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15 Principles underpinning reading for pleasure

Back in November 2010 I was invited to go down to London to lead a research seminar at the DfE on the reading for pleasure promotion project, Rooted in Reading which I had begun in 2008.

While walking the dog the night before the seminar it occurred to me that, although I had conducted plenty of research into the effectiveness of the project, including basing my MA thesis on this issue, I had never sat down and codified the underlying principles behind this work. There is, of course, plenty of research into the positive impact of reading for pleasure on reading attainment, general knowledge, empathic skills, writing skills and many other positive things but most of this is hidden away in reports and articles that are not necessarily easy to locate. It is certainly time consuming to wade through it all. One of the clearest and most important pieces of research, Mapping the Interrelationships of reading enjoyment, attitudes, behaviour and attainment by Clark and de Zoysa (2011) had not then been published by the National Literacy Trust. I decided it would be useful to see whether I could distill my thoughts and the fruits of my reading into a set of clear principles that would serve as a useful introduction for the seminar but also as a handy document for schools to use as a basis for their own reading promotion projects. The resulting list of Principles, consciously influenced by Daniel Pennac’s The Rights of the Reader is as follows:

1. Reading for enjoyment, including reading aloud to others, is a good thing that should be promoted. 2. The more people read, the better. 3. Texts can take many different forms. 4. Readers should be able to follow their own interests. 5. It is good to have some variety in your reading. 6. Reading is a worthwhile and rewarding activity in itself. 7. Readers can become better at responding to texts if they talk and write about them. 8. Reading for pleasure is directly linked to academic performance. 9. The more you read, the better at it you become. 10. If you get better at reading, your writing will also improve. 11.Reading can increase your understanding of others and the world around you. 12.Reading can help you understand yourself. 13.Reading for pleasure is primarily a private activity but it can have a social aspect. 14.Children need to see adults enjoying reading. 15.Reading experiences are important enough to record and share.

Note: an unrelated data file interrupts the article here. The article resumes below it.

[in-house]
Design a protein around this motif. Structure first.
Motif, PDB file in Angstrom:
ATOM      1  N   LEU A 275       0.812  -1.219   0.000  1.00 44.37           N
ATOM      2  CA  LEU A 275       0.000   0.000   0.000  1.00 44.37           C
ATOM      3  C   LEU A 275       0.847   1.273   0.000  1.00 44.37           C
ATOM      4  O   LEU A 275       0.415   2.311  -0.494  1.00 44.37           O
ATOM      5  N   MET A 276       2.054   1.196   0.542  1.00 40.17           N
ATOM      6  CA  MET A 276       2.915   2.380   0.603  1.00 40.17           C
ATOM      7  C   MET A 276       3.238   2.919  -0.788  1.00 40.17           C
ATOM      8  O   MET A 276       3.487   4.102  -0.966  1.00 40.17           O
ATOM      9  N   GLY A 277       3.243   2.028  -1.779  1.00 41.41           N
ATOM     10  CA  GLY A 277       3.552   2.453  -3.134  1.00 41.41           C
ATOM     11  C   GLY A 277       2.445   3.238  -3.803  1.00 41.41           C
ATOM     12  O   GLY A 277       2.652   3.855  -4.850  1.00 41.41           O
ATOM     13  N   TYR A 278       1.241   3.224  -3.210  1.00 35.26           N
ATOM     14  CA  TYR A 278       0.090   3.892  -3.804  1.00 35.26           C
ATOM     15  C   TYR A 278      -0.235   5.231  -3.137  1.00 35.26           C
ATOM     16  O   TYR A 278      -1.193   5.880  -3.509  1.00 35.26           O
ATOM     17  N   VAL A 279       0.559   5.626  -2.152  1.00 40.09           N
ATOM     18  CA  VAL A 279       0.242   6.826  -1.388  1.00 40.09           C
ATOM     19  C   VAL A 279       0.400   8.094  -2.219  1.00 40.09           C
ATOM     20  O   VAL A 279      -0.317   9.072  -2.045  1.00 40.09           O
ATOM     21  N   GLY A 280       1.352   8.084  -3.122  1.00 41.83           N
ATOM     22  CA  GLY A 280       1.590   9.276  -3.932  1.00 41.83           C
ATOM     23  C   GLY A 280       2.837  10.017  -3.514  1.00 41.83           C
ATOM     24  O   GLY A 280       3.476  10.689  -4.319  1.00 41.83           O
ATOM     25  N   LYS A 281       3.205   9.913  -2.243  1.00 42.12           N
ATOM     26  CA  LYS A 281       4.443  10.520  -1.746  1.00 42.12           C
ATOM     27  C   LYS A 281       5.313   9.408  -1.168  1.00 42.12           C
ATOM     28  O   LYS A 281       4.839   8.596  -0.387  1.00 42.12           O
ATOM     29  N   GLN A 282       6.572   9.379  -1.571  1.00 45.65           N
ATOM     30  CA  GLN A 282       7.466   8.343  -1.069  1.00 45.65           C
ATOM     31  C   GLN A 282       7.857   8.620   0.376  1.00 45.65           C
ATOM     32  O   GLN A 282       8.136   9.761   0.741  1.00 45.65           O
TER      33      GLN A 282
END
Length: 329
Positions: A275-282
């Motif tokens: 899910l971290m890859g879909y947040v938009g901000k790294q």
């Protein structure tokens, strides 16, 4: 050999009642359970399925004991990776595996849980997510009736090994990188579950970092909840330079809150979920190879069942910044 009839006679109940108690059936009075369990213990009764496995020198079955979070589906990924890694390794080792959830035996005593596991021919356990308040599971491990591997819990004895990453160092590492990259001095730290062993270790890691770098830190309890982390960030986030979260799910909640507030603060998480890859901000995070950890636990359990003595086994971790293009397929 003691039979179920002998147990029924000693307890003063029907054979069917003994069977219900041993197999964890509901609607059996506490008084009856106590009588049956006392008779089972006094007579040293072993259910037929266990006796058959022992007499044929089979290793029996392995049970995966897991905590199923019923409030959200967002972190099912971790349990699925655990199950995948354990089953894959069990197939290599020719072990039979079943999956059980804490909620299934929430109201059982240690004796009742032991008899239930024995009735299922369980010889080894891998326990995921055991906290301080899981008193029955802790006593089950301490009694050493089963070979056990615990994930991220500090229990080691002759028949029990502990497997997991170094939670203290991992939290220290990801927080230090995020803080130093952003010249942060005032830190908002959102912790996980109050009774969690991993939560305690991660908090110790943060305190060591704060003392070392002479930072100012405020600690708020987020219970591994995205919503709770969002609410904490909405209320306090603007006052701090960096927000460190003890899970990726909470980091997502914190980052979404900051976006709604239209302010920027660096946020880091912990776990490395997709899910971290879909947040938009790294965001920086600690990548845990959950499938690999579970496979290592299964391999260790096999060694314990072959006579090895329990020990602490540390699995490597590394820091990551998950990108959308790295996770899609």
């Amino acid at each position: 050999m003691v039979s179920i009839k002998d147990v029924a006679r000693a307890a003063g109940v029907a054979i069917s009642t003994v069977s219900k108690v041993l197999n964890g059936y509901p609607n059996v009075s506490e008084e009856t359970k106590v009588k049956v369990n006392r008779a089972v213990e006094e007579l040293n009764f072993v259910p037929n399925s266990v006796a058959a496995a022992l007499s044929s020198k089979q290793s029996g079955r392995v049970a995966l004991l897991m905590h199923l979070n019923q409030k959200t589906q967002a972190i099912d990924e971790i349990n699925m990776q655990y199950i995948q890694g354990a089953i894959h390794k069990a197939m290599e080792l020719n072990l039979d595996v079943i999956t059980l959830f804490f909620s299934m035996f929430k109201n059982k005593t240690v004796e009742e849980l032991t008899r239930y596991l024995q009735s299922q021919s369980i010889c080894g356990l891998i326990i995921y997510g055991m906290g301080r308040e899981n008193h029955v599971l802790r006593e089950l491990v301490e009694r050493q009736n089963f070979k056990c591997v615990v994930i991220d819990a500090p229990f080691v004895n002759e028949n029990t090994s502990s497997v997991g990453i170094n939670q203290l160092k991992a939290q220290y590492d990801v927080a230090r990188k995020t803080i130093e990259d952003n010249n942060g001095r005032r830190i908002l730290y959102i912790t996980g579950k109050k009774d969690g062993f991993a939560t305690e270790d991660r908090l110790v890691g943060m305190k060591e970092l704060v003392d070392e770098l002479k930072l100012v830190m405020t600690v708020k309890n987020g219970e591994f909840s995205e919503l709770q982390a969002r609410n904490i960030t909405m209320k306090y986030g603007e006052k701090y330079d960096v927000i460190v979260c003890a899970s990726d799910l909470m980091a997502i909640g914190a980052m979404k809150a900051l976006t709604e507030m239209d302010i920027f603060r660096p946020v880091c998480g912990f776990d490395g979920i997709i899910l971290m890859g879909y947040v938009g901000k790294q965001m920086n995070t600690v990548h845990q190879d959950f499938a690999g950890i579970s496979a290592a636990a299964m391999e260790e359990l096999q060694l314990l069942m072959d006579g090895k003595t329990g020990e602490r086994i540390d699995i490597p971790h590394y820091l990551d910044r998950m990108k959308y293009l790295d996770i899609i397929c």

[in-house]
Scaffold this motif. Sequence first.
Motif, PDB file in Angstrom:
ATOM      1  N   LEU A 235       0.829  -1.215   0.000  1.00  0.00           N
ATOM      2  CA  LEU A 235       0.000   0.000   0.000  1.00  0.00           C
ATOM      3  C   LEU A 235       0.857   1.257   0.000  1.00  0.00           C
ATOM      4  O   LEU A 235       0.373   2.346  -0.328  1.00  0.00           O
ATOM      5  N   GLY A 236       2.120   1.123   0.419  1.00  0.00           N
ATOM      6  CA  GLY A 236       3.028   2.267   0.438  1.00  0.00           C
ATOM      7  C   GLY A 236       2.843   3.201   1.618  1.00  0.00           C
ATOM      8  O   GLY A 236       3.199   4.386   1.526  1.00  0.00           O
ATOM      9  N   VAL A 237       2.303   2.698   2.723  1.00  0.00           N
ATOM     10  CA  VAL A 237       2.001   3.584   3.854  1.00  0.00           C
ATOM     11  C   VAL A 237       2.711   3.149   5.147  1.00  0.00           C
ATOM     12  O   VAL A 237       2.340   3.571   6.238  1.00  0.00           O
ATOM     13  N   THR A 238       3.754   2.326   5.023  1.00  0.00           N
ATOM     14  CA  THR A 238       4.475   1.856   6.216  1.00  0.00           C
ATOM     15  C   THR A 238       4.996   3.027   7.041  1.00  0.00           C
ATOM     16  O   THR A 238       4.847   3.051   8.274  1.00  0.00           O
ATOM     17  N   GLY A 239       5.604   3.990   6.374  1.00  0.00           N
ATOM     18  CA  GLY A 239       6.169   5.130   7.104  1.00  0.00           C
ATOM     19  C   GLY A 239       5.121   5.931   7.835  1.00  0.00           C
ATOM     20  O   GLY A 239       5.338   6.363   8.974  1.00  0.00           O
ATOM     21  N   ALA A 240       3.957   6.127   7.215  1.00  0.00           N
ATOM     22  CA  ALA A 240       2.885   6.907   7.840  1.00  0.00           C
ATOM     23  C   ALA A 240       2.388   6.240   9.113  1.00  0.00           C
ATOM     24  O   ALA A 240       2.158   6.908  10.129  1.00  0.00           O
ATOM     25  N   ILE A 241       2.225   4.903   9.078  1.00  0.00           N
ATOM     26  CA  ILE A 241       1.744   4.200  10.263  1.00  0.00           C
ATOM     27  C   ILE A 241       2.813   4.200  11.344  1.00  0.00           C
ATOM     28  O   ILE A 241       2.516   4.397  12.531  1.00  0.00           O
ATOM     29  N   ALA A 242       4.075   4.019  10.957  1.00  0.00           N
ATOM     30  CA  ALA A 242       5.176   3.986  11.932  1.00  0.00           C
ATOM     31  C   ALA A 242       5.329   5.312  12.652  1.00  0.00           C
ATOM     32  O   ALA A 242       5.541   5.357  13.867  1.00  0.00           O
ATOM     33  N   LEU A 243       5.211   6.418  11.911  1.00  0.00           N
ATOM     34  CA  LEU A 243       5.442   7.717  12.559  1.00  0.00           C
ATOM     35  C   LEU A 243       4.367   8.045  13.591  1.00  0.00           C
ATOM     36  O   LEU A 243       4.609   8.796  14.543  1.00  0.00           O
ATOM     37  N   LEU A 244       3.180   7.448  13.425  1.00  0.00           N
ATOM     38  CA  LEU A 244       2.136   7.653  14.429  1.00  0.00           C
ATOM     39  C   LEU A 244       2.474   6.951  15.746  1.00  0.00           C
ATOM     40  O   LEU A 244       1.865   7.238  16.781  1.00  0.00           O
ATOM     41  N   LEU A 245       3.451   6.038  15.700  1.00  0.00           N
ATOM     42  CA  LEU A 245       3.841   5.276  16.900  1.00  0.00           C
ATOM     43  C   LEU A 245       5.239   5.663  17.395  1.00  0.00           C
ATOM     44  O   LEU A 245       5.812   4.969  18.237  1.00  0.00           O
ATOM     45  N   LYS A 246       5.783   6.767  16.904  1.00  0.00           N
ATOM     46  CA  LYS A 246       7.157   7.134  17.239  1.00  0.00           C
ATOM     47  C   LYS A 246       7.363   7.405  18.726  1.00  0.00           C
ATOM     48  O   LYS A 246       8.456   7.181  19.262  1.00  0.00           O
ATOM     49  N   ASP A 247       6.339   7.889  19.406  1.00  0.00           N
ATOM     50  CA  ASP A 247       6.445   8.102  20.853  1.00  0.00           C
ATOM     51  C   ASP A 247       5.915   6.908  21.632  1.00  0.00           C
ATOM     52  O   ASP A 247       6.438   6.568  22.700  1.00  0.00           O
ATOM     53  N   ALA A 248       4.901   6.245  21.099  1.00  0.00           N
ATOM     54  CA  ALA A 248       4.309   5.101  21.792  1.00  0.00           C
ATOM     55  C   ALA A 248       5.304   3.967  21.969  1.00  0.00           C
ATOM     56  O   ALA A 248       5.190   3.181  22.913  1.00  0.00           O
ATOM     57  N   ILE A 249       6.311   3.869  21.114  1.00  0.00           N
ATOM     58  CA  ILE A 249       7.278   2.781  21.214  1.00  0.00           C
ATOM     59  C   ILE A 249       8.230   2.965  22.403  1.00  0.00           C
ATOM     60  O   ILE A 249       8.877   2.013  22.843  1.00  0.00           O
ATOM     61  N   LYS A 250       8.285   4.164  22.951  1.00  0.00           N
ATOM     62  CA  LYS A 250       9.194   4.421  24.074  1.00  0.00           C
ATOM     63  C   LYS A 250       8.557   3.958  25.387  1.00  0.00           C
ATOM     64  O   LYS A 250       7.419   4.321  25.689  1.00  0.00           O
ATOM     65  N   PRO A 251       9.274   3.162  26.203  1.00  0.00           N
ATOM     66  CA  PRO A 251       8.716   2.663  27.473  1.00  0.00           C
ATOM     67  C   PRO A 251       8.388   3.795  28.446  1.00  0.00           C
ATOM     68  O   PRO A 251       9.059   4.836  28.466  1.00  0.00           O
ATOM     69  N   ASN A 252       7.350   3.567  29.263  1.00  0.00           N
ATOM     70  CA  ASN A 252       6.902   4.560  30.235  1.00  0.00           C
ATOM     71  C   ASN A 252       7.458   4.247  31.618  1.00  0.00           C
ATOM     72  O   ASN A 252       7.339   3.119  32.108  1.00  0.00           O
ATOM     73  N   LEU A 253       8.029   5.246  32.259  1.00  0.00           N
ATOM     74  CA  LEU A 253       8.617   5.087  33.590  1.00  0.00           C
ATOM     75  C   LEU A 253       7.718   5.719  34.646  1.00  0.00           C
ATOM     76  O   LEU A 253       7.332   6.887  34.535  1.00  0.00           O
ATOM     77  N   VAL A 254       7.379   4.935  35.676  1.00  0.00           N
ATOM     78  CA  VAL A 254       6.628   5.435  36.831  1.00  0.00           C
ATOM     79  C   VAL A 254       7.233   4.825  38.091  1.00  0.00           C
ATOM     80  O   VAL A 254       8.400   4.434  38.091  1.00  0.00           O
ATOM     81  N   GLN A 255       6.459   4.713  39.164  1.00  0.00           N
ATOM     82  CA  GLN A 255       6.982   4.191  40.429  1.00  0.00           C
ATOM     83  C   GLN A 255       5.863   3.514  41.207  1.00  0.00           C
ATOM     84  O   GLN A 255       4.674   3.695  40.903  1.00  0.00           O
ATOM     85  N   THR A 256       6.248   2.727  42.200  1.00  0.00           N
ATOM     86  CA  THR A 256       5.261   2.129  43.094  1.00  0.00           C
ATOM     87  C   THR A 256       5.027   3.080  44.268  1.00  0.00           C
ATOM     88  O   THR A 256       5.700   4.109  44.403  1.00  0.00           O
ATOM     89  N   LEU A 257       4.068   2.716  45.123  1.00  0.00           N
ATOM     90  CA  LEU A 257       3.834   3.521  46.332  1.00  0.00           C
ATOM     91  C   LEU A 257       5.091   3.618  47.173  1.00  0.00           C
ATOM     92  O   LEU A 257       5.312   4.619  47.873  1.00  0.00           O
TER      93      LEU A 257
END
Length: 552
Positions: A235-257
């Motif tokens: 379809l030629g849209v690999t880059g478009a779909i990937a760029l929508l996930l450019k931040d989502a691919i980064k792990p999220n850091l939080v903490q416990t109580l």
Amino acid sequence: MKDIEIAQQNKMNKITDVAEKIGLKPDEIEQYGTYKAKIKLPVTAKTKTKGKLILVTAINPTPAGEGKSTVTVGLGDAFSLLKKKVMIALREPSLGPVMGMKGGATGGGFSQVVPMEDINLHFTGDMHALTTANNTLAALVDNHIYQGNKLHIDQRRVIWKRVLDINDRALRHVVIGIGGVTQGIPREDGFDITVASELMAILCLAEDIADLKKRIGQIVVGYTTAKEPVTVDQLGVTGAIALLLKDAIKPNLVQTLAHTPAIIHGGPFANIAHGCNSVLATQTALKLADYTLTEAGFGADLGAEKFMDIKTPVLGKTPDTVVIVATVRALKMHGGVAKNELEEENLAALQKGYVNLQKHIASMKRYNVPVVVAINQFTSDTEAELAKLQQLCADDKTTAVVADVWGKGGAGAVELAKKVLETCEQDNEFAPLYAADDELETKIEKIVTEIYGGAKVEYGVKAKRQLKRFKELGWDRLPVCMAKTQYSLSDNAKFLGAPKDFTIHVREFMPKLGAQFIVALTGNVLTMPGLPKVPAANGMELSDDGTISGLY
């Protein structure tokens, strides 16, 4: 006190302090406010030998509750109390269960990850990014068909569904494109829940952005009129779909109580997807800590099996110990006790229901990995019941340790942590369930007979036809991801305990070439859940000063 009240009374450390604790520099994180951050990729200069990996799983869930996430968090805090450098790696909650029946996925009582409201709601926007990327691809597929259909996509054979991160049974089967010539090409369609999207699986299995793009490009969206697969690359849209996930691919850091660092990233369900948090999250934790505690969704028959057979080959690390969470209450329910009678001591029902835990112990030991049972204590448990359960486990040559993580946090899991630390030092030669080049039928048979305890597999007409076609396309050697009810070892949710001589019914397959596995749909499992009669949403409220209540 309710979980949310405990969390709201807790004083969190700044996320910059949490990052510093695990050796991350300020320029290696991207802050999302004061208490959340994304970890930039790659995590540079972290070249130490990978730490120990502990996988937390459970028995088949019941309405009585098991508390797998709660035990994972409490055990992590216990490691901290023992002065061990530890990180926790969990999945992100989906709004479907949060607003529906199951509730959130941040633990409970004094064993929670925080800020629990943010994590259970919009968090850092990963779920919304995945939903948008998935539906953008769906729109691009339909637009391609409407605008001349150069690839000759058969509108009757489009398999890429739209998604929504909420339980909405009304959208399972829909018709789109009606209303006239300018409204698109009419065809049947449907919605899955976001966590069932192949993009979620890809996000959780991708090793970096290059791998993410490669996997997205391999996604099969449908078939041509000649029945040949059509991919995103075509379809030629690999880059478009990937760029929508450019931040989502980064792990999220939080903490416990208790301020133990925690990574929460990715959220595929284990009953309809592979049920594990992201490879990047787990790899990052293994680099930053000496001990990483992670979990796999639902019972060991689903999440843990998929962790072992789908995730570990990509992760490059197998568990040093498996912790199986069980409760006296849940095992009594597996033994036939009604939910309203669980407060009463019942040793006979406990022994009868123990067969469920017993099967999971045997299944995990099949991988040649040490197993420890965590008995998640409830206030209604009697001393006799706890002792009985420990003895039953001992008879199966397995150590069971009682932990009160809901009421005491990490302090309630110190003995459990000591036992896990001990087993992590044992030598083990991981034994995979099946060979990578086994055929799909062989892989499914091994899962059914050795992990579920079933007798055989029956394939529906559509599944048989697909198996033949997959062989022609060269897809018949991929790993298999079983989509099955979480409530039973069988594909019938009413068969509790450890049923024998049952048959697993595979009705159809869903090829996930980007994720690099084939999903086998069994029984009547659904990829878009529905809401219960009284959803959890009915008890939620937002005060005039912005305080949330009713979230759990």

You may quibble with some of these but I think there is a strong research basis behind all the Principles. If used as the basis for a whole school reading policy they should help everyone – parents, governors, teachers and pupils – to grasp the central importance of reading and to understand why so much is being done to encourage this practice. I hope the list will be used to stimulate debate in schools and I welcome your comments. But above all I hope this list will free up schools to go beyond worrying about why reading deserves to be encouraged and get on with the vital job of doing just that, to benefit our students and to enrich and nourish our society. If you would like more information about Rooted in Reading contact the Lincolnshire Teaching School Alliance or click here to download an order form.

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